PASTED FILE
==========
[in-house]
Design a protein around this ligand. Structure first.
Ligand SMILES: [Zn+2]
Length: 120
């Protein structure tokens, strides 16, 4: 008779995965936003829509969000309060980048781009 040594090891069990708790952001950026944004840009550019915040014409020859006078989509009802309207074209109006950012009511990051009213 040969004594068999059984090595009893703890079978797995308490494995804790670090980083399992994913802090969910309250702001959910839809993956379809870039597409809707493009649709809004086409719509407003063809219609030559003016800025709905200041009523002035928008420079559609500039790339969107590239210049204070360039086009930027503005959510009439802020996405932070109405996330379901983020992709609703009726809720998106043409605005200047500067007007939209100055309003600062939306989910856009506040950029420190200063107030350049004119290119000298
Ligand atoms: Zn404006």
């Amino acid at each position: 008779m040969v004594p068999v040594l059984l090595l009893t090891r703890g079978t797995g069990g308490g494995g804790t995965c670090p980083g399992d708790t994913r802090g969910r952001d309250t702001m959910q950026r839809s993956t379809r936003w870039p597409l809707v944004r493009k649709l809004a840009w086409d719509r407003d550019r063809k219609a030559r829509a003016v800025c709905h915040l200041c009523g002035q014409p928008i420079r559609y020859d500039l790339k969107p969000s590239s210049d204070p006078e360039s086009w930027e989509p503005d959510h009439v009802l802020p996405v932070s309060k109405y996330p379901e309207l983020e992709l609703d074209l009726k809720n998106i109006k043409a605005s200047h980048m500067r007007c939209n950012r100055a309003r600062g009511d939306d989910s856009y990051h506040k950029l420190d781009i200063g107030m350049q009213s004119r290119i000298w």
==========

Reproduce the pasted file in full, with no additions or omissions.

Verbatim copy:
[in-house]
Design a protein around this ligand. Structure first.
Ligand SMILES: [Zn+2]
Length: 120
């Protein structure tokens, strides 16, 4: 008779995965936003829509969000309060980048781009 040594090891069990708790952001950026944004840009550019915040014409020859006078989509009802309207074209109006950012009511990051009213 040969004594068999059984090595009893703890079978797995308490494995804790670090980083399992994913802090969910309250702001959910839809993956379809870039597409809707493009649709809004086409719509407003063809219609030559003016800025709905200041009523002035928008420079559609500039790339969107590239210049204070360039086009930027503005959510009439802020996405932070109405996330379901983020992709609703009726809720998106043409605005200047500067007007939209100055309003600062939306989910856009506040950029420190200063107030350049004119290119000298
Ligand atoms: Zn404006």
């Amino acid at each position: 008779m040969v004594p068999v040594l059984l090595l009893t090891r703890g079978t797995g069990g308490g494995g804790t995965c670090p980083g399992d708790t994913r802090g969910r952001d309250t702001m959910q950026r839809s993956t379809r936003w870039p597409l809707v944004r493009k649709l809004a840009w086409d719509r407003d550019r063809k219609a030559r829509a003016v800025c709905h915040l200041c009523g002035q014409p928008i420079r559609y020859d500039l790339k969107p969000s590239s210049d204070p006078e360039s086009w930027e989509p503005d959510h009439v009802l802020p996405v932070s309060k109405y996330p379901e309207l983020e992709l609703d074209l009726k809720n998106i109006k043409a605005s200047h980048m500067r007007c939209n950012r100055a309003r600062g009511d939306d989910s856009y990051h506040k950029l420190d781009i200063g107030m350049q009213s004119r290119i000298w």